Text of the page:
Seven Steps to Improved e-Learning Challenges


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This e-book provides seven small steps to improved interactions while recognizing that capabilities with authoring software might be quite limited. If you begin applying these steps while you are designing questions, you will quickly open up a world of much more powerful design possibilities.


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Seven Steps to Improved e-Learning Challenges

  1. 1. 7 Steps to Improved e -Learning ChallengesEthan Edwardschief instructional strategist@ethanaedwards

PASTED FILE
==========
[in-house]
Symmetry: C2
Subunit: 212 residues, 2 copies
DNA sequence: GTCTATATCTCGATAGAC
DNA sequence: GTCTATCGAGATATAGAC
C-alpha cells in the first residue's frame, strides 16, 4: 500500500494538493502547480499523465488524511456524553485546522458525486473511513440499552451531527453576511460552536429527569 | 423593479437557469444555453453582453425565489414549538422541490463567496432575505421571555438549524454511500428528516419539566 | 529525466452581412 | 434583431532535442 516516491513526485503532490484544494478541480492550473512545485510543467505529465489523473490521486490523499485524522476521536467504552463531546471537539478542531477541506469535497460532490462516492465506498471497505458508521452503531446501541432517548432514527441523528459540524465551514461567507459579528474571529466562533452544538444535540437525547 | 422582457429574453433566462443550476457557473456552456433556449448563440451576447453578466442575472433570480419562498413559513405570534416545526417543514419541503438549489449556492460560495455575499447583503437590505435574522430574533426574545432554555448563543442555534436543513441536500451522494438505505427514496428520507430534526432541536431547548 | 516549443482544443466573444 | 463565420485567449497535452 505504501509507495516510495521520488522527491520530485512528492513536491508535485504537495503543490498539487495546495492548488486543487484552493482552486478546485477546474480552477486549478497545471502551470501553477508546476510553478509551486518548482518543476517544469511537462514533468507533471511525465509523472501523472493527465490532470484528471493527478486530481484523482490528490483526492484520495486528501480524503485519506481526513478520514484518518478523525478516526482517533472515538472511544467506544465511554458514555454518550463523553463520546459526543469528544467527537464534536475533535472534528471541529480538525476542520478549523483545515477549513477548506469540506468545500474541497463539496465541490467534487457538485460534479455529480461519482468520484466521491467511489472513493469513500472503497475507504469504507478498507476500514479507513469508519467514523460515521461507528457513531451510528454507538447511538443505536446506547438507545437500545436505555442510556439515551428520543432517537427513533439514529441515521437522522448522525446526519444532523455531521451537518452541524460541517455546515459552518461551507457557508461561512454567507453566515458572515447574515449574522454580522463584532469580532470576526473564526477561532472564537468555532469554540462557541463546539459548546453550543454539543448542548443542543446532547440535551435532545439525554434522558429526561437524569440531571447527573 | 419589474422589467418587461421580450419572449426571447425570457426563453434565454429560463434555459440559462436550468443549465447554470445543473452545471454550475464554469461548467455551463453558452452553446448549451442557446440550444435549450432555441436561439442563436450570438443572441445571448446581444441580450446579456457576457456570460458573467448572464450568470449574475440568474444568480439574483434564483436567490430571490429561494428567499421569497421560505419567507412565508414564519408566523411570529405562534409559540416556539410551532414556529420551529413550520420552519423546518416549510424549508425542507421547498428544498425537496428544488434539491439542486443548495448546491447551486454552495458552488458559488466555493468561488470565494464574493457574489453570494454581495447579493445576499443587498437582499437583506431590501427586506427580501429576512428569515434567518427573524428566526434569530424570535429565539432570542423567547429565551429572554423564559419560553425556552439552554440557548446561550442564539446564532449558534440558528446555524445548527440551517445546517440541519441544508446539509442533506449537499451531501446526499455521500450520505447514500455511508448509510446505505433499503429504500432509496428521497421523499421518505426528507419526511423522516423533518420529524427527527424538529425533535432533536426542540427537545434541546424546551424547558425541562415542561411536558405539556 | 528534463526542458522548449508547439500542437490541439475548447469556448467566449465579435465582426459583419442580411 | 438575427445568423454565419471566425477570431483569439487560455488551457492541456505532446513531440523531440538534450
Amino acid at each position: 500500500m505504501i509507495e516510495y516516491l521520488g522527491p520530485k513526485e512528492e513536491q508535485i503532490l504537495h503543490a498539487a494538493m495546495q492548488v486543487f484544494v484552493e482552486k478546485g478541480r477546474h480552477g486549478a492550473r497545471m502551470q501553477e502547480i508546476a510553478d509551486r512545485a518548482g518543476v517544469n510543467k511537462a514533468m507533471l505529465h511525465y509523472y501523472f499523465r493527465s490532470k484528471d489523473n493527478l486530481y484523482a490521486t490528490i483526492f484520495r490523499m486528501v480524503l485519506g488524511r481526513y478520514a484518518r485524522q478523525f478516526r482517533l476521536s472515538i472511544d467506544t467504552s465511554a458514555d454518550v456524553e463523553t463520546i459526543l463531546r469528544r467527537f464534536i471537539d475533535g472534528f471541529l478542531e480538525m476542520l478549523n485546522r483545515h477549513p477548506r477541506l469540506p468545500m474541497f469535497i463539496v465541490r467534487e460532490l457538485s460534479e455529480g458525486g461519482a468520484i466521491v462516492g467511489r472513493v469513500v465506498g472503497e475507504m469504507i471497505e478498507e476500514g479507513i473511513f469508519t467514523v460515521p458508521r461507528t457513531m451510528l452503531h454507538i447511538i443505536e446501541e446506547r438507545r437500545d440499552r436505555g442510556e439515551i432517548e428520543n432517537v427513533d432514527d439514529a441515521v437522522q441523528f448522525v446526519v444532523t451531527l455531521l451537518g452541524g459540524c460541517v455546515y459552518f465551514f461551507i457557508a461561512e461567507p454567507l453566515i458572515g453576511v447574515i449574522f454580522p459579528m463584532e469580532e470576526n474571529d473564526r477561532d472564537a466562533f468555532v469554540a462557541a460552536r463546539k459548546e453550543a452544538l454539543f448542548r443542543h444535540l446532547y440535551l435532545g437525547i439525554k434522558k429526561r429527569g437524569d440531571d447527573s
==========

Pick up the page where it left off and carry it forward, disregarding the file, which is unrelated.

2. 2. INTRODUCTIONThe Context, Challenge, Activity, and While I’ve found that instructional designersFeedback (CCAF) model of instructional appreciate the power of these elements and areinteractivity is a powerful tool to guide the design impressed when presented with finishedof engaging and effective online interactions. In a interactions that exemplify these principles, whennutshell, it says that a good interaction has: faced with designing an interaction from scratch they often find it difficult to break out of the• a meaningful context that provides traditional tedious multiple choice and true/false relevance to the learner formats that are used so often. Partly it is due to the seeming magnitude of breaking away from the• a compelling challenge that motivates the familiar, but also because the tools that many learner to apply active and critical thinking to designers use seem to be limited in what can be the task rather than guessing or answering implemented. thoughtlessly The task is not nearly as• an activity that feels meaningful and difficult as it appears; concrete in responding to the challenge one just needs small successes and practice• content-rich feedback that provides to start feeling assistance for how the learner can do better comfortable designing CCAF interactions.